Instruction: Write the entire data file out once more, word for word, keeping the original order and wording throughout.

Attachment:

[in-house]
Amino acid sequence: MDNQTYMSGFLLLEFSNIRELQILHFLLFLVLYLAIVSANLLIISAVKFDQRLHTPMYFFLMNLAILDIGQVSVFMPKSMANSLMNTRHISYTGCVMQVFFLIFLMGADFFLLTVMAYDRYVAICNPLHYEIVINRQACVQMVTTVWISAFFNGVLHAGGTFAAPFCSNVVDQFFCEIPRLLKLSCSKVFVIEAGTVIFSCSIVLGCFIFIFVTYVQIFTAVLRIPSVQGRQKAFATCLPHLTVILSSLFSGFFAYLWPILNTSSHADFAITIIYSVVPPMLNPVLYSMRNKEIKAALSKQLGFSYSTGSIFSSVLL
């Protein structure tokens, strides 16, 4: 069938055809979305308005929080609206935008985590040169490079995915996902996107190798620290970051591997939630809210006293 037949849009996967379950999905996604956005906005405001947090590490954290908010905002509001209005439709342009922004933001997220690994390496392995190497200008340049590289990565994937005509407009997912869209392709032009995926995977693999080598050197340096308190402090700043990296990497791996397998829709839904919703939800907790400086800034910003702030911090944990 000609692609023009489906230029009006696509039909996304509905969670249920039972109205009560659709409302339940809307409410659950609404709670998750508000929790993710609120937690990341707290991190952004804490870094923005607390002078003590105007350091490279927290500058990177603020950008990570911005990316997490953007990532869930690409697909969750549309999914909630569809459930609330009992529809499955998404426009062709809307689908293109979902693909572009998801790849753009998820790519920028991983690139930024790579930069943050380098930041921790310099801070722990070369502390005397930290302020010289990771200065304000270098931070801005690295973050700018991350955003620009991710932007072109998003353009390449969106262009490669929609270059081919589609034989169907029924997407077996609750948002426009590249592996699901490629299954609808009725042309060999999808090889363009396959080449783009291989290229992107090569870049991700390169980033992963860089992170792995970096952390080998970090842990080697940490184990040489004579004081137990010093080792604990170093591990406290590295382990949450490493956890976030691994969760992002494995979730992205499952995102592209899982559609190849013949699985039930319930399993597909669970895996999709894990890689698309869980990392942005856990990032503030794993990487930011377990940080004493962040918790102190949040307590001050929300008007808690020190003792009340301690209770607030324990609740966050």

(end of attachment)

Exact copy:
[in-house]
Amino acid sequence: MDNQTYMSGFLLLEFSNIRELQILHFLLFLVLYLAIVSANLLIISAVKFDQRLHTPMYFFLMNLAILDIGQVSVFMPKSMANSLMNTRHISYTGCVMQVFFLIFLMGADFFLLTVMAYDRYVAICNPLHYEIVINRQACVQMVTTVWISAFFNGVLHAGGTFAAPFCSNVVDQFFCEIPRLLKLSCSKVFVIEAGTVIFSCSIVLGCFIFIFVTYVQIFTAVLRIPSVQGRQKAFATCLPHLTVILSSLFSGFFAYLWPILNTSSHADFAITIIYSVVPPMLNPVLYSMRNKEIKAALSKQLGFSYSTGSIFSSVLL
């Protein structure tokens, strides 16, 4: 069938055809979305308005929080609206935008985590040169490079995915996902996107190798620290970051591997939630809210006293 037949849009996967379950999905996604956005906005405001947090590490954290908010905002509001209005439709342009922004933001997220690994390496392995190497200008340049590289990565994937005509407009997912869209392709032009995926995977693999080598050197340096308190402090700043990296990497791996397998829709839904919703939800907790400086800034910003702030911090944990 000609692609023009489906230029009006696509039909996304509905969670249920039972109205009560659709409302339940809307409410659950609404709670998750508000929790993710609120937690990341707290991190952004804490870094923005607390002078003590105007350091490279927290500058990177603020950008990570911005990316997490953007990532869930690409697909969750549309999914909630569809459930609330009992529809499955998404426009062709809307689908293109979902693909572009998801790849753009998820790519920028991983690139930024790579930069943050380098930041921790310099801070722990070369502390005397930290302020010289990771200065304000270098931070801005690295973050700018991350955003620009991710932007072109998003353009390449969106262009490669929609270059081919589609034989169907029924997407077996609750948002426009590249592996699901490629299954609808009725042309060999999808090889363009396959080449783009291989290229992107090569870049991700390169980033992963860089992170792995970096952390080998970090842990080697940490184990040489004579004081137990010093080792604990170093591990406290590295382990949450490493956890976030691994969760992002494995979730992205499952995102592209899982559609190849013949699985039930319930399993597909669970895996999709894990890689698309869980990392942005856990990032503030794993990487930011377990940080004493962040918790102190949040307590001050929300008007808690020190003792009340301690209770607030324990609740966050």